Brief about the initial process sequence while the system boots up.


While booting, special process called the 'swapper' or 'scheduler' is created with Process-ID 0. The swapper manages memory allocation for processes and influences CPU allocation. The swapper inturn creates 3 children:

the process dispatcher,
vhand and

with IDs 1,2 and 3 respectively.
This is done by executing the file /etc/init. Process dispatcher gives birth to the shell. Unix keeps track of all the processes in an internal data structure called the Process Table (listing command is ps -el).

What are various IDs associated with a process?


Unix identifies each process with a unique integer called ProcessID. The process that executes the request for creation of a process is called the 'parent process' whose PID is 'Parent Process ID'. Every process is associated with a particular user called the 'owner' who has privileges over the process. The identification for the user is 'UserID'. Owner is the user who executes the process. Process also has 'Effective User ID' which determines the access privileges for accessing resources like files.

getpid() -process id
getppid() -parent process id
getuid() -user id
geteuid() -effective user id

Explain fork() system call.


The `fork()' used to create a new process from an existing process. The new process is called the child process, and the existing process is called the parent. We can tell which is which by checking the return value from `fork()'. The parent gets the child's pid returned to him, but the child gets 0 returned to him.
Predict the output of the following program code

printf("Hello World!");


Hello World!Hello World!


The fork creates a child that is a duplicate of the parent process. The child begins from the fork().All the statements after the call to fork() will be executed twice.(once by the parent process and other by child). The statement before fork() is executed only by the parent process.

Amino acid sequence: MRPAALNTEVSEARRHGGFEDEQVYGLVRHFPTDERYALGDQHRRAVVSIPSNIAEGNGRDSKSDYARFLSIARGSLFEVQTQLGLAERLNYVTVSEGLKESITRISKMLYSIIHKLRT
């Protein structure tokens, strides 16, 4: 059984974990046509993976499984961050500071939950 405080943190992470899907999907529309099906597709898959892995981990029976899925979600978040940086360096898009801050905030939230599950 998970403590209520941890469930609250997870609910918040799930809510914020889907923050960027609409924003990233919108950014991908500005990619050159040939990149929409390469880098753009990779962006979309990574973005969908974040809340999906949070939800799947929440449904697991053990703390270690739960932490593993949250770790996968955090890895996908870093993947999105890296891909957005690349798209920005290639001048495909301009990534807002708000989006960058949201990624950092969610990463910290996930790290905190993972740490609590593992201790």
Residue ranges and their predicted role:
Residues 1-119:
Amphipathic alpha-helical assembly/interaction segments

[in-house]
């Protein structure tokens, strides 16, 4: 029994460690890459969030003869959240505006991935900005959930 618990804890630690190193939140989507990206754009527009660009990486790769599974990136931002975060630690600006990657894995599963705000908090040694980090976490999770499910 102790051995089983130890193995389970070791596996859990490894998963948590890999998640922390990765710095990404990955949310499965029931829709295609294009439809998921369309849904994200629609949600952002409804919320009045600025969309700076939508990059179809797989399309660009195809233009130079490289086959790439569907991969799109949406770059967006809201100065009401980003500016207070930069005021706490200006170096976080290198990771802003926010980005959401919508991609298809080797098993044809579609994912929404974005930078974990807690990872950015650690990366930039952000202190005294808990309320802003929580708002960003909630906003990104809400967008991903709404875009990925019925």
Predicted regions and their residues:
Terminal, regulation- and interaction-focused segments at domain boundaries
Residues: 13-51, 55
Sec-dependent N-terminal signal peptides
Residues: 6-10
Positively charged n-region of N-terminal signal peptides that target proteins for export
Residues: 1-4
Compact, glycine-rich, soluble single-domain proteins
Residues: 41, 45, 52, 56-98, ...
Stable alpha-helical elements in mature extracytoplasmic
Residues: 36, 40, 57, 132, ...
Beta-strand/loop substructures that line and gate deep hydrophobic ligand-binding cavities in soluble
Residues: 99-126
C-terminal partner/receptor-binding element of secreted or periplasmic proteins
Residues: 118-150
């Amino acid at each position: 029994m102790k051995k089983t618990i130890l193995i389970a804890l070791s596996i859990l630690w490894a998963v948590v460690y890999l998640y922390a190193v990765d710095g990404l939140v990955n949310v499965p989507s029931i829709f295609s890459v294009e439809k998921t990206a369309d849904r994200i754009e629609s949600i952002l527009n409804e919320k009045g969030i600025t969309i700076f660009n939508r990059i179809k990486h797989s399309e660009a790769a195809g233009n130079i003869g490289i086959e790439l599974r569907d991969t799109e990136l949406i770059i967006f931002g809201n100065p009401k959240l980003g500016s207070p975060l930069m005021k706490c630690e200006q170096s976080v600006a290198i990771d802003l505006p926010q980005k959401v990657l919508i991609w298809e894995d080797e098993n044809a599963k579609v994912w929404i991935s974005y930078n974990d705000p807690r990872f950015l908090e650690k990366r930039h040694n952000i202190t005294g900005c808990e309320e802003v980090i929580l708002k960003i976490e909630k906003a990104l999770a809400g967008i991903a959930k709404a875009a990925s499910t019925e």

Predict the output of the following program code

fork(); fork(); fork();
printf("Hello World!");


"Hello World" will be printed 8 times.


2^n times where n is the number of calls to fork()

List the system calls used for process management:


System calls Description

fork() To create a new process
exec() To execute a new program in a process
wait() To wait until a created process completes its execution
exit() To exit from a process execution
getpid() To get a process identifier of the current process
getppid() To get parent process identifier
nice() To bias the existing priority of a process
brk() To increase/decrease the data segment size of a process

How can you get/set an environment variable from a program?:


Getting the value of an environment variable is done by using `getenv()'. Setting the value of an environment variable is done by using `putenv()'.

How can a parent and child process communicate?


A parent and child can communicate through any of the normal inter-process communication schemes (pipes, sockets, message queues, shared memory), but also have some special ways to communicate that take advantage of their relationship as a parent and child. One of the most obvious is that the parent can get the exit status of the child.

What is a zombie?


When a program forks and the child finishes before the parent, the kernel still keeps some of its information about the child in case the parent might need it - for example, the parent may need to check the child's exit status. To be able to get this information, the parent calls `wait()'; In the interval between the child terminating and the parent calling `wait()', the child is said to be a `zombie' (If you do `ps', the child will have a `Z' in its status field to indicate this.)

What are the process states in Unix?


As a process executes it changes state according to its circumstances. Unix processes have the following states:

Running : The process is either running or it is ready to run .
Waiting : The process is waiting for an event or for a resource.
Stopped : The process has been stopped, usually by receiving a signal.
Zombie : The process is dead but have not been removed from the process table.